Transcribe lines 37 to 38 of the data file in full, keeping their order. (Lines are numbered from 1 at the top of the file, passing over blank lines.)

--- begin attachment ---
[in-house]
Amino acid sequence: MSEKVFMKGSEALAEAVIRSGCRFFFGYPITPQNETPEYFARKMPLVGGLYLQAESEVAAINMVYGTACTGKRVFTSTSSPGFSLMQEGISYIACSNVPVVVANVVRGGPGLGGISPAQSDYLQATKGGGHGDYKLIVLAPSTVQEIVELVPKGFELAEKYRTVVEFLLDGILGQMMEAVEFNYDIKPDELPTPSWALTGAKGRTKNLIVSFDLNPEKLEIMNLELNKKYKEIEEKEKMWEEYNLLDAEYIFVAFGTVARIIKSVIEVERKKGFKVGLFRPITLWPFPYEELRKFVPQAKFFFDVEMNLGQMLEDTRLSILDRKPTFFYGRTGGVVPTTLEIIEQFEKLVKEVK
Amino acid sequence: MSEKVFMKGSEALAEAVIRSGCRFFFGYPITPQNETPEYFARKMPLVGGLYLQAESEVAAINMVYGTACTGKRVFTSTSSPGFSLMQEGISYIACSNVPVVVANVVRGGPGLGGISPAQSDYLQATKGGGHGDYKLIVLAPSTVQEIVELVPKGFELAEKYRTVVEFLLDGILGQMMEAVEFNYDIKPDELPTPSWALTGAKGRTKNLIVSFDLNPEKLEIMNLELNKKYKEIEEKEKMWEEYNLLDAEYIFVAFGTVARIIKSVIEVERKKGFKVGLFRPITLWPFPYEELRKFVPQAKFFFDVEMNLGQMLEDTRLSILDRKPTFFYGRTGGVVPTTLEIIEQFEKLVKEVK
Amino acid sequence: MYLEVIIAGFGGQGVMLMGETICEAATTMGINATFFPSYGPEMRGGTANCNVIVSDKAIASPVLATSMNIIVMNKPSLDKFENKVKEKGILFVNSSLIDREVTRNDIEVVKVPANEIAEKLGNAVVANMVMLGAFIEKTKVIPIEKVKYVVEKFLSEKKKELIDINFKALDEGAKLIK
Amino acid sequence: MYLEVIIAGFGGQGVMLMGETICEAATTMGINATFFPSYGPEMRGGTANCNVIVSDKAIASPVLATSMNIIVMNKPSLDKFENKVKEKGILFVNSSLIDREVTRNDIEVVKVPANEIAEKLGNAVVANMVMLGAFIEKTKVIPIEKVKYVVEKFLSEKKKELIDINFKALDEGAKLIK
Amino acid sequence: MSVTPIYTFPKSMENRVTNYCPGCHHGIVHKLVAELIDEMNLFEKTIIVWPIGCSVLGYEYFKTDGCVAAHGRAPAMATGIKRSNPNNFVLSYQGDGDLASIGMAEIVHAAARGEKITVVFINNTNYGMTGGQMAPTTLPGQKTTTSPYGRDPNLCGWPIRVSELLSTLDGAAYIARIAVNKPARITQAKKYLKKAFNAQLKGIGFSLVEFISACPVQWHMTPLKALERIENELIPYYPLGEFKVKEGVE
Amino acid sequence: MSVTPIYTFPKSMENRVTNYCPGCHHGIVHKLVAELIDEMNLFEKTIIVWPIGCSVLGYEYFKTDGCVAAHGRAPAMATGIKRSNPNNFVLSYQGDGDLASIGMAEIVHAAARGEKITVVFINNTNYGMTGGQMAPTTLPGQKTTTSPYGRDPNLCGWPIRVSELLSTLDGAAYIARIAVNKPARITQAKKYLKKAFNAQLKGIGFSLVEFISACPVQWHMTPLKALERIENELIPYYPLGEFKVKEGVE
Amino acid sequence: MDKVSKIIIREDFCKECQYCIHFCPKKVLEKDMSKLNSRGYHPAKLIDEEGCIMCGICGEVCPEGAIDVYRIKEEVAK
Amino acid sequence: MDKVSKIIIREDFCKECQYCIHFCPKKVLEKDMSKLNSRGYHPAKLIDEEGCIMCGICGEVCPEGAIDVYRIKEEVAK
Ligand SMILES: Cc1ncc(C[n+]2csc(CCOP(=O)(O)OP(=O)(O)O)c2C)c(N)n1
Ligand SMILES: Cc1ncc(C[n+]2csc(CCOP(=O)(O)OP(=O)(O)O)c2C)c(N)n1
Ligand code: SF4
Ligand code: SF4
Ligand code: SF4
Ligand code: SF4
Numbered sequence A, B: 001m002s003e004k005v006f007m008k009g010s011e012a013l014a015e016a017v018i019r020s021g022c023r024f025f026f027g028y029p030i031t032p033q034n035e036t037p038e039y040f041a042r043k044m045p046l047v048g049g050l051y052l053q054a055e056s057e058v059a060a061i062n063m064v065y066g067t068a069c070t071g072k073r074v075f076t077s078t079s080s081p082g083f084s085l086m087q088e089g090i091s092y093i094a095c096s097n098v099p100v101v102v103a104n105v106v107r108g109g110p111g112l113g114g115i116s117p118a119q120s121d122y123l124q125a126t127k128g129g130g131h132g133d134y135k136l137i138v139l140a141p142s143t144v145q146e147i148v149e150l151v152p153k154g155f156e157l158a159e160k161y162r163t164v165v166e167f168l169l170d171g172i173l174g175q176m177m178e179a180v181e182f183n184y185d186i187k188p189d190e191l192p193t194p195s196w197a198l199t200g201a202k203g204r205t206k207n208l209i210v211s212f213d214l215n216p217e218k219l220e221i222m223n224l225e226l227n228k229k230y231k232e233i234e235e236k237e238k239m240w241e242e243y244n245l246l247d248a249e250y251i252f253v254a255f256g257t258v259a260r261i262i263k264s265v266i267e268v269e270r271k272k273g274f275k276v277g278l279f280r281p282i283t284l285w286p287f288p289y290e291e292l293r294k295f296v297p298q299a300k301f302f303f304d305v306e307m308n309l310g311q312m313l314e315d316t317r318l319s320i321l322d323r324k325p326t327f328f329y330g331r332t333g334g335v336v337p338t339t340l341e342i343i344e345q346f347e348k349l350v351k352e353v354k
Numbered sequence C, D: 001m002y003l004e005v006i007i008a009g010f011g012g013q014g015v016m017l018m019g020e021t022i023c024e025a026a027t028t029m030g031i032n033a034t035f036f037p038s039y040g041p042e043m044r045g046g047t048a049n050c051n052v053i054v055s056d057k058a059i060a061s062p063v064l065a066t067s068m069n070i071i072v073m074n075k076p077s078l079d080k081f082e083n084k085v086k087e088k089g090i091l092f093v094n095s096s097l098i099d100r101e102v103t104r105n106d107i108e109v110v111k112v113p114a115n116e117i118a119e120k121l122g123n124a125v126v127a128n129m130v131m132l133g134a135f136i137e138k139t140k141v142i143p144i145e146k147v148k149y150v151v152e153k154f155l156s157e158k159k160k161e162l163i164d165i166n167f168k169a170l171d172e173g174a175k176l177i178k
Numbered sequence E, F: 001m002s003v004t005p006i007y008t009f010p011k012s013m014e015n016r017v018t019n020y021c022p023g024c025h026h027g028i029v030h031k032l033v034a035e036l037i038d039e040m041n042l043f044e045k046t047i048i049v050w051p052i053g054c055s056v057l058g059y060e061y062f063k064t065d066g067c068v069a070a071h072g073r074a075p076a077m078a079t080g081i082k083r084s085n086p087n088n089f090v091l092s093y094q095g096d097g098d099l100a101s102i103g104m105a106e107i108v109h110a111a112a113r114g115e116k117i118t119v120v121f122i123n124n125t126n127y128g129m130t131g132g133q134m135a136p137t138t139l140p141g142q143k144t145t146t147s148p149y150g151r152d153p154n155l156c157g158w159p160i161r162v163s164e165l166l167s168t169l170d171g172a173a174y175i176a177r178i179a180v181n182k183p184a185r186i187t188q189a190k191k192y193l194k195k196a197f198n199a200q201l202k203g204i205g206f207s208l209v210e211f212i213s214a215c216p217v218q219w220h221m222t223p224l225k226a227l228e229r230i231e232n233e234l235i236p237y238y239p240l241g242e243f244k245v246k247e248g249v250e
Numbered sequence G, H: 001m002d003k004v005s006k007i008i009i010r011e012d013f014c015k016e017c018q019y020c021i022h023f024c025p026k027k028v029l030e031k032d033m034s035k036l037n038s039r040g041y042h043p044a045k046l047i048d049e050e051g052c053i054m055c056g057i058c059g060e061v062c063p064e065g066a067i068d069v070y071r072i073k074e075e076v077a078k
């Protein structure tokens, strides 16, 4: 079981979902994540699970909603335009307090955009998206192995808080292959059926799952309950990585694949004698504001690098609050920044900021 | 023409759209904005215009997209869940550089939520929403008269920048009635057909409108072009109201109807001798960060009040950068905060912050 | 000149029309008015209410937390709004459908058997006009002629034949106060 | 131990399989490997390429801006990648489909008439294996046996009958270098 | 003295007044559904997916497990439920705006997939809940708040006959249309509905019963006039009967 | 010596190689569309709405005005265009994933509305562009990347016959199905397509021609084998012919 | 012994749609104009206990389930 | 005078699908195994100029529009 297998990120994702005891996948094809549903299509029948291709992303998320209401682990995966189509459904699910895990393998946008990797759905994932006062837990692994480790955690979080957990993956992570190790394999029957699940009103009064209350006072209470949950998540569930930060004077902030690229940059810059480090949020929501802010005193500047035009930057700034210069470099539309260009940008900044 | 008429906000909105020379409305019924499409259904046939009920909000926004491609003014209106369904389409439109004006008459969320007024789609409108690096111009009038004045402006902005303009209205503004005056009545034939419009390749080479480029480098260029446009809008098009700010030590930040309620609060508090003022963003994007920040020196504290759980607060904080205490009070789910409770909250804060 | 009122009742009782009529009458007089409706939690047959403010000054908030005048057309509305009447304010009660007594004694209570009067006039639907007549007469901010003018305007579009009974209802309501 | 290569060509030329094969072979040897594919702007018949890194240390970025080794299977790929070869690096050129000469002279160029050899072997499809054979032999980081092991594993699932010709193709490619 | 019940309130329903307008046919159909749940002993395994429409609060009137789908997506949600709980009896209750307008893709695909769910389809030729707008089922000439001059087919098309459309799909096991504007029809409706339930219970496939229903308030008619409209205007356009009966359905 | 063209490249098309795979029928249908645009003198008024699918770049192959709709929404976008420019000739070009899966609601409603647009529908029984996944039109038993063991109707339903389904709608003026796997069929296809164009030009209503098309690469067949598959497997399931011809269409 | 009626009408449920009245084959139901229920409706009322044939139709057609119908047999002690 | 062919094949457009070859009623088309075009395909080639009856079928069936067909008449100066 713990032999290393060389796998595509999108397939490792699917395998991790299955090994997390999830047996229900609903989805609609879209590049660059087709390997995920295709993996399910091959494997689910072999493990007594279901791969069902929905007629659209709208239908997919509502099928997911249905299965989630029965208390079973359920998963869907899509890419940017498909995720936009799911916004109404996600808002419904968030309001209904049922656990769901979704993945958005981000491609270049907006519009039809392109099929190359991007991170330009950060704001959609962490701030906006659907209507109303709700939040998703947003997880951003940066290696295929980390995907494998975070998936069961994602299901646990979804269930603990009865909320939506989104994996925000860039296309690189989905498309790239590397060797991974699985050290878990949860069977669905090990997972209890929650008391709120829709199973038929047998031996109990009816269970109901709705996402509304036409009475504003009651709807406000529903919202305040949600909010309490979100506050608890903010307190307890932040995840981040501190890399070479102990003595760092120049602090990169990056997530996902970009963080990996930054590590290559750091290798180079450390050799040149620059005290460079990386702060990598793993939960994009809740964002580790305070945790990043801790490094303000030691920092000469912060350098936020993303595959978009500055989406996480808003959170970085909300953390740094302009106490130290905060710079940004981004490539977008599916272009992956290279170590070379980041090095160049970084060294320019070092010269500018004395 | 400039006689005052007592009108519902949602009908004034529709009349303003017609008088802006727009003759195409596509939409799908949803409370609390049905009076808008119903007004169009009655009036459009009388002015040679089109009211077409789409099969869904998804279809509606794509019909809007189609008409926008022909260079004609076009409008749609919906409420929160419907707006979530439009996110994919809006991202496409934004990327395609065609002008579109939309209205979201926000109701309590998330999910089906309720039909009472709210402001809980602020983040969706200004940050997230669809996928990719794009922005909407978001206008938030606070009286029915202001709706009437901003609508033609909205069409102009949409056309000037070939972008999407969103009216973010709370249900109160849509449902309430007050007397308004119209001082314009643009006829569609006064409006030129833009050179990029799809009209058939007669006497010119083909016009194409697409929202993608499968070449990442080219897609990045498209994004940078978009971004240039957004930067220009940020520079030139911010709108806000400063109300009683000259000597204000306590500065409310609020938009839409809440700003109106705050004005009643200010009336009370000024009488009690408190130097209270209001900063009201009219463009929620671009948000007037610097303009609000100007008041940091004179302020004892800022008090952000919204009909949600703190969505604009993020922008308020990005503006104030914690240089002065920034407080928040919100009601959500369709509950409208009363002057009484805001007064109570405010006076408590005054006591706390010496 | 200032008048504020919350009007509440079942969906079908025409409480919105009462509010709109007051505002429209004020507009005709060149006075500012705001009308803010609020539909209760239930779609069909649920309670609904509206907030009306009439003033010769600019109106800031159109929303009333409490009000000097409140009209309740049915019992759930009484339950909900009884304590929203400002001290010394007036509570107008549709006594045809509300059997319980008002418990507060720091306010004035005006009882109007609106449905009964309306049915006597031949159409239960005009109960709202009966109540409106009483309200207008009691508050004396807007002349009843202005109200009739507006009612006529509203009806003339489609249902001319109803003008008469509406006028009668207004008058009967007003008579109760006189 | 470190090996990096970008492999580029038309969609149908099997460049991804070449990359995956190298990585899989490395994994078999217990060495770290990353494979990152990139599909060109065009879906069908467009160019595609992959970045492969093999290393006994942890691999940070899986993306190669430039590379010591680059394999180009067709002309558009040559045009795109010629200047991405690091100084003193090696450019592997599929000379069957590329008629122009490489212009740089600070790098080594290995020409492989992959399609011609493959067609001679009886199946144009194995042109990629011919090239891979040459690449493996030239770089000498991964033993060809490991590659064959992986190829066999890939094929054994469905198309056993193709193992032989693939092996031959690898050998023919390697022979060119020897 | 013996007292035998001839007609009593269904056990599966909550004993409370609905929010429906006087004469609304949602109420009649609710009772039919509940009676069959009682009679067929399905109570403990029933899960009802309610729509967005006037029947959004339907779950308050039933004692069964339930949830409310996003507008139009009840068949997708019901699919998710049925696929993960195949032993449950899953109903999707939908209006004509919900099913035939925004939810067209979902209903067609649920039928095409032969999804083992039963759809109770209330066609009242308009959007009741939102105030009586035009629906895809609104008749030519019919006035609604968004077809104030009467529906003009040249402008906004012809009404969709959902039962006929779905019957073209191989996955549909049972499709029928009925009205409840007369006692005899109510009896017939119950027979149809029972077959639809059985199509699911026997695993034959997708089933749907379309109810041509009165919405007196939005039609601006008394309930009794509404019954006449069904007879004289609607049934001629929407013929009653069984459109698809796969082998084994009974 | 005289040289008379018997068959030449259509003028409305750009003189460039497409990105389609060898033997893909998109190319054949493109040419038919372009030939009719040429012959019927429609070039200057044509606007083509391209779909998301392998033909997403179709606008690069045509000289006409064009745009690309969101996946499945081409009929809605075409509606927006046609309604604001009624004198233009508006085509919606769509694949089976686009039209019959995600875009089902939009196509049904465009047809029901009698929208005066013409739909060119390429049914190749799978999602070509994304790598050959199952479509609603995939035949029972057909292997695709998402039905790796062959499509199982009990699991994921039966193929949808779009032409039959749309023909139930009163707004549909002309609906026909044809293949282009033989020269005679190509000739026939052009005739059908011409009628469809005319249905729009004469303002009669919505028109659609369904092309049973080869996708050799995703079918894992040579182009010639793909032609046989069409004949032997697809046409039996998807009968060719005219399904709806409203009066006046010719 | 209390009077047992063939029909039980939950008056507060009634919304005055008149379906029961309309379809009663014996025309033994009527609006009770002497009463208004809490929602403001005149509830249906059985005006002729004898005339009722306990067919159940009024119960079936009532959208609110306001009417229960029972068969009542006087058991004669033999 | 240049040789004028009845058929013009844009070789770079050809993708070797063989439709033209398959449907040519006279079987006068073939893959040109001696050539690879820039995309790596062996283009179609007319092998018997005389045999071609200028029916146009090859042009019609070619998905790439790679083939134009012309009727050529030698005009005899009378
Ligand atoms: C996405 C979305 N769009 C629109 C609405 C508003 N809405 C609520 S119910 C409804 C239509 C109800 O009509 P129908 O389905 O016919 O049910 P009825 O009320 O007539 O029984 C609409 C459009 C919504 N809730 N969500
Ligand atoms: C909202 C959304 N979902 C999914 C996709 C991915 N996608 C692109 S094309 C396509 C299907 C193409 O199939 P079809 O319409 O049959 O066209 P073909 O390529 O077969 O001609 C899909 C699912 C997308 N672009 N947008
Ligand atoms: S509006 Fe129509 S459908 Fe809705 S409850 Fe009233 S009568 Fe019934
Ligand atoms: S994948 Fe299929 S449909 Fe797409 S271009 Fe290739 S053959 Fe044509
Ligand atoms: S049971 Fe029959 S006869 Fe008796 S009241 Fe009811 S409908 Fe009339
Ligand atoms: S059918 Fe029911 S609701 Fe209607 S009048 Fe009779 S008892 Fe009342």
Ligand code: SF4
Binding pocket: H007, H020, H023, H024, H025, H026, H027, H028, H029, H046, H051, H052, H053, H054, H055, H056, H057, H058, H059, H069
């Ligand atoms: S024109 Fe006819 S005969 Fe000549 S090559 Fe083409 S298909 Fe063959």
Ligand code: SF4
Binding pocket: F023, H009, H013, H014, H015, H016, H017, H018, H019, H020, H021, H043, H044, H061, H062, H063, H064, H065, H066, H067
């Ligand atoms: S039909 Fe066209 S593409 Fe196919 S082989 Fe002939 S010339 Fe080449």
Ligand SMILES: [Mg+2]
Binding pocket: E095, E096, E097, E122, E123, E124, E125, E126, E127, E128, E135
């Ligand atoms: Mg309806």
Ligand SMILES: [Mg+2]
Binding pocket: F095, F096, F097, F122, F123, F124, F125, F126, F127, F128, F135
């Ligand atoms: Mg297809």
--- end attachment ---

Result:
Binding pocket: F095, F096, F097, F122, F123, F124, F125, F126, F127, F128, F135
């Ligand atoms: Mg297809």